If you know me personally, then you’ll know that I am not, by far, the most creative or creatively industrious of the Mitchell girls. I have 4 lovely sisters, each of which are fairly bursting with lovely virtues and talents of their own. My sister Eirene is one of those people who just blows you away with all her pure creative juice, and her home is her canvas. It has always been an absolute picture, and not because it’s ever been big or grande, but because Eirene possesses the talent of making her surroundings beautiful. She’s a real nesting Whiz. There is always something new to admire, and I always go eager to inspect every lovely little detail–which sort of amazing considering I’ve been there a million times. I keep on telling her she needs to be on Design Sponge or something, because a proper photo shoot of her home would be a gift to us all. Anyway, Rene is the real reason why I first discovered the power and potent of tiny art–nobody can make a postage stamp sing like Eirene.
I love all things little. Always have. I was obsessed with Polly Pockets as a kid. Not these buxom, 21st century mini-barbies with rubber clothes, but the tiny, ibuprofin-sized Polly Pockets that came in a little house that opened and closed like a compact. I also loved Nativity scenes, perfume samples, babies, tea sets, Russian nesting dolls, little TVs, and the toiletries you get on long international flights. I ate that stuff up.
In my adulthood, it seems there are even more tiny things to love: Ipod Nanos, novellas, Tiny Houses, and ankle socks.
In addition to loving things that are small, I love things that are meaningful. And often the two intersect. When this happens, you often end up with homeless junk that accumulates in unseen places. You never look at it or enjoy it, but it’s too darn heartwarming to trash. Enter tiny art. Pop that crap in a frame or shadowbox and presto! you’ve got tiny meaningful art. Small pieces ground down and diversify the big stuff. It invites guests to come closer, look harder, ask questions, hear stories. Your house becomes a personal history museum.
Here is an example of sentimental crap turned tiny art:, After playing the part of Annie onstage at 10, I received a birthday card from my aunt stamped with a Lil’ Orphan Annie stamp. Six years later, I played the role again as a high school junior, opposite a Daddy Warbucks who was most unwittingly my future husband. Triple whammy sentiment. The stamp is next to a little vintage I Like Ike pin we found in a antique mall. I wore the pin on my hospital gown the day I gave birth to my son Ike. (Note the original matchbox frames!)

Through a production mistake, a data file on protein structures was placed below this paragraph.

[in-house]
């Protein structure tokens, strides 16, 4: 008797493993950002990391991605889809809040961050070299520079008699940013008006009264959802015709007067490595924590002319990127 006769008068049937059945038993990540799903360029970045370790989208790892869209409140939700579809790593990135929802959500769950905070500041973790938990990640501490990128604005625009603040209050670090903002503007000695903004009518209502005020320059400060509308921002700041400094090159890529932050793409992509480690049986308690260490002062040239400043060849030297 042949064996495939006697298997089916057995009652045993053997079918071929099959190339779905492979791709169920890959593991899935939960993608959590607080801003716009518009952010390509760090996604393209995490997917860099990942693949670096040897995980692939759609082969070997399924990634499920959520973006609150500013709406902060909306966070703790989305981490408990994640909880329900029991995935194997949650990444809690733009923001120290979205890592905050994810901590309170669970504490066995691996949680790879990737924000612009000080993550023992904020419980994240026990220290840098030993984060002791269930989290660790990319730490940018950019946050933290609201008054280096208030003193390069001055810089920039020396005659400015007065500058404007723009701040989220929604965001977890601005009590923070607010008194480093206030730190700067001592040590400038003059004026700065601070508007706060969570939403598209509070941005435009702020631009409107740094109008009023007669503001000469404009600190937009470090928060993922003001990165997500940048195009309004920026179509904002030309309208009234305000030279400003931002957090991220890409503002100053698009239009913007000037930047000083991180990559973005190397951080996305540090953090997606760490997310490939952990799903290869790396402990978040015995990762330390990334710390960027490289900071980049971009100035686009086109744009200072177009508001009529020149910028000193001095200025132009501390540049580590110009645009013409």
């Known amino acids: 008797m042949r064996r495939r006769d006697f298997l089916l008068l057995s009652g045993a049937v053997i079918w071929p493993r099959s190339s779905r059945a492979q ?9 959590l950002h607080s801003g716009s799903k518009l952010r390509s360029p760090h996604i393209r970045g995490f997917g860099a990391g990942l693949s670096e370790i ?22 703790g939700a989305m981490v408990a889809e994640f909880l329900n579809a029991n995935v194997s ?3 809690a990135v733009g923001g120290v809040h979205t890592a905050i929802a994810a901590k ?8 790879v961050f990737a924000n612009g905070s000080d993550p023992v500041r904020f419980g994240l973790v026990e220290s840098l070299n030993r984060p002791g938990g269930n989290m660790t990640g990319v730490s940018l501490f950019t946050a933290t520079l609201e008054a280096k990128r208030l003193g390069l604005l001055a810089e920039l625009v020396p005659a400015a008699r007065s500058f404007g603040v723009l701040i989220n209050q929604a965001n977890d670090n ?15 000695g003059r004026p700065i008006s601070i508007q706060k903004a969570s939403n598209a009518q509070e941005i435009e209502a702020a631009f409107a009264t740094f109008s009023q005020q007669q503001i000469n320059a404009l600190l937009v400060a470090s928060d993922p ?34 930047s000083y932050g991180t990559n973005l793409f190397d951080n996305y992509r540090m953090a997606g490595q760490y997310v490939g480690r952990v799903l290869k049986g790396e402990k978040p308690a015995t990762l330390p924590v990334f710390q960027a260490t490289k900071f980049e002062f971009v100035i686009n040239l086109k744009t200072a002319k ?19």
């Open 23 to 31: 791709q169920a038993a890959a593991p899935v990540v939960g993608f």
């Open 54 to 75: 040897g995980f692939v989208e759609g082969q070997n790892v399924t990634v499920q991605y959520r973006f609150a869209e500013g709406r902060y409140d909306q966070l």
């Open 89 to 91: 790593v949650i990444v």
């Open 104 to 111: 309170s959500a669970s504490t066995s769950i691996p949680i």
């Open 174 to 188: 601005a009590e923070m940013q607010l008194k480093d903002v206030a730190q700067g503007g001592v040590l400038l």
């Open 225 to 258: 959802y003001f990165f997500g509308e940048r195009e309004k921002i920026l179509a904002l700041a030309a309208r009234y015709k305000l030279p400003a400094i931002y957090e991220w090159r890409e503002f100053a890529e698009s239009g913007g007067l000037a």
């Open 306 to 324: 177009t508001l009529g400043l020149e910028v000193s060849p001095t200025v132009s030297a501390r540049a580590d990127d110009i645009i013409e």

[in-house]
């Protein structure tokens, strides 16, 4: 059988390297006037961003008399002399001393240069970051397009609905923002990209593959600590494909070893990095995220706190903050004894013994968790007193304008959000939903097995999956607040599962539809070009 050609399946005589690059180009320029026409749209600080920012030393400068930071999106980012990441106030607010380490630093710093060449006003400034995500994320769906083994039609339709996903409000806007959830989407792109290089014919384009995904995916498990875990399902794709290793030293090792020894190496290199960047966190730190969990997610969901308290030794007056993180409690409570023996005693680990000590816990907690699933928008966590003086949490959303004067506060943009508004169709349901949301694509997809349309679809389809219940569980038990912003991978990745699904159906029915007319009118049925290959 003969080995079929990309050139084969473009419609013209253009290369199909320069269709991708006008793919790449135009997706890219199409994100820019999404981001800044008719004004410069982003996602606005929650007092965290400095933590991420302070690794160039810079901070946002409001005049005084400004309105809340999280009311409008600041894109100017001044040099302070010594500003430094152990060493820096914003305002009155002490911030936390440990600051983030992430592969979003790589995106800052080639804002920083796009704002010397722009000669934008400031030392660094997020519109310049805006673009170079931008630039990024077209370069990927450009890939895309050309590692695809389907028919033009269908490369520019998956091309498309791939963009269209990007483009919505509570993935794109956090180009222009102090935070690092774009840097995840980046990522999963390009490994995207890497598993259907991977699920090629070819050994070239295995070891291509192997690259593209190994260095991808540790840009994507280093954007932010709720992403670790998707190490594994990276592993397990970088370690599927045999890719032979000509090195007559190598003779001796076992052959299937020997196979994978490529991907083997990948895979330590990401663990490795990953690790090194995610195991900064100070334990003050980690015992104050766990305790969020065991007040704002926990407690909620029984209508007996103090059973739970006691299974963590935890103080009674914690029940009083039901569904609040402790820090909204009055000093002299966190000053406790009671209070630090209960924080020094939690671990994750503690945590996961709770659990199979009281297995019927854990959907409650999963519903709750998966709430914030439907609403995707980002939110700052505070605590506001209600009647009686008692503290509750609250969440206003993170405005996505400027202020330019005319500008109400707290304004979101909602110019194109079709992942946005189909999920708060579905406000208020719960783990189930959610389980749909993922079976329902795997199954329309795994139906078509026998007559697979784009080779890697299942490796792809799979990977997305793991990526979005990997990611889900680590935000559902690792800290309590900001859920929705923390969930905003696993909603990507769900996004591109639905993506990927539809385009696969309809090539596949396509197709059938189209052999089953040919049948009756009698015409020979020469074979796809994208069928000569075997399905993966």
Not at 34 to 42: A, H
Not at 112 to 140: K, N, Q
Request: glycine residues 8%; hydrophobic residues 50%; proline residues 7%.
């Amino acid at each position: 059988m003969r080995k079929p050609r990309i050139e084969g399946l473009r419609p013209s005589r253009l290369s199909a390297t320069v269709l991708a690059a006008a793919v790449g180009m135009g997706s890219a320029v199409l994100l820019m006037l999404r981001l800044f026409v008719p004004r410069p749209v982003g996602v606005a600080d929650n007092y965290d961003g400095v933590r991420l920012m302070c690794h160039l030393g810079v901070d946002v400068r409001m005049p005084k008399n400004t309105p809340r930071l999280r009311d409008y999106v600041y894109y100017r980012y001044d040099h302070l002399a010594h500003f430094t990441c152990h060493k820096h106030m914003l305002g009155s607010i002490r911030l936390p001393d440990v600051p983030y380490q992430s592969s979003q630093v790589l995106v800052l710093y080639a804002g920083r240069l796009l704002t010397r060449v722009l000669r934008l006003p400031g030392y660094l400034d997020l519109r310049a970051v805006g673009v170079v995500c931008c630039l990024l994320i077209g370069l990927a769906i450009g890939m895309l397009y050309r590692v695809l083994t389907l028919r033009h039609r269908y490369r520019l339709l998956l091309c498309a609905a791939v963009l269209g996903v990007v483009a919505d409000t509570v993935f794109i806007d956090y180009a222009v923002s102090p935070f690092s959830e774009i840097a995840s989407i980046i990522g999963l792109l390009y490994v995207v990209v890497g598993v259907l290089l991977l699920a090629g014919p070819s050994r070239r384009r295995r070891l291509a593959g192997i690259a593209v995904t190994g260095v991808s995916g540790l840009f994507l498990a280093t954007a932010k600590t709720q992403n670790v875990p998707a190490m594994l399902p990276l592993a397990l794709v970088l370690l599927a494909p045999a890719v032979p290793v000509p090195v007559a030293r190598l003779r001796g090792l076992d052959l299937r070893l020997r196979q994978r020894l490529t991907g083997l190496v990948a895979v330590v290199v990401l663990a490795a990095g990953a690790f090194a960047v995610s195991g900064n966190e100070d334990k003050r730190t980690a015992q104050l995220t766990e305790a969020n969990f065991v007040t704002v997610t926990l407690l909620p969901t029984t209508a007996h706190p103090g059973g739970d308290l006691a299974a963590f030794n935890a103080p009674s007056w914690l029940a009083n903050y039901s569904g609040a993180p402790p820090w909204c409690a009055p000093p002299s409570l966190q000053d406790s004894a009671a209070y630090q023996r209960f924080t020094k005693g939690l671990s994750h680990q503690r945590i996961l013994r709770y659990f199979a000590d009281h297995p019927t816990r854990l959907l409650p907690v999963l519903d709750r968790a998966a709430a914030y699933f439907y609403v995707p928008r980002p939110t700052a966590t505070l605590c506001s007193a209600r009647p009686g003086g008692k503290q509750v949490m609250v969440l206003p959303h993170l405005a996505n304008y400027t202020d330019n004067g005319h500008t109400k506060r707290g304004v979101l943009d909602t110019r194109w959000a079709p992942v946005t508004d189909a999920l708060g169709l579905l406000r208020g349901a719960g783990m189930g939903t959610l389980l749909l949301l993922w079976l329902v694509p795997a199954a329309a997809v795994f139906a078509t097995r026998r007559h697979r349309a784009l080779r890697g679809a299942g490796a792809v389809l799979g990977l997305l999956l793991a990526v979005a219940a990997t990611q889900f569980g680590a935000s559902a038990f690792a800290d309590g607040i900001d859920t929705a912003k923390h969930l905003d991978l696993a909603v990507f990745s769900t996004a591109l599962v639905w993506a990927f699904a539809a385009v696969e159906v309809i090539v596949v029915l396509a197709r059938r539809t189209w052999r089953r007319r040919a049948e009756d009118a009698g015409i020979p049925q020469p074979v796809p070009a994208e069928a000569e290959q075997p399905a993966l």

Not all tiny art is meaningful (nor, I suppose, is all meaningful stuff tiny–i.e. the big HENDERSON license plate from S. Africa). Sometimes tiny stuff is just pretty or the right color, or the cheapest sized print for sale. It still fills in the gaps, and packs a big punch for its size. Like these itty bitty Ashley Mae Christensen
(a Provo artist I am a huge fan of). You can take bigger risks with tiny art. If you like a more neutral, tranquil space, tiny art is a venue for pops of ostentation and bright color.
The little dino-Utah painting is actually a business card from a Utah artist (and daughter of my husbands co-worker) Stephanie Deer. The subject of this painting can actually be found standing large as life, in Vernal, Utah. A good place to go if you are a fan of over-sized, friendly seeming dinosaur replicas. Vernal is also the rival town of Roosevelt, where I went to high school. I spent a lot of time fantasizing about defiling this very dinosaur with Black and Gold spray paint and toilet paper, but am glad I didn’t, because the pink of the dino happens to match my living room very well.
Tiny stuff just has a special magic. It can be fun, funny, meaningful, ridiculous, sentimental, but it is always little reflection of you.
Thanks Dear Renie! Loved it all–that tiny little wall pocket will be the next idea I steal from you! Tomorrow we’ll wrap up Tiny Art Week with some ideas on how tiny art can add culture to your UPS man and other brilliant schemes.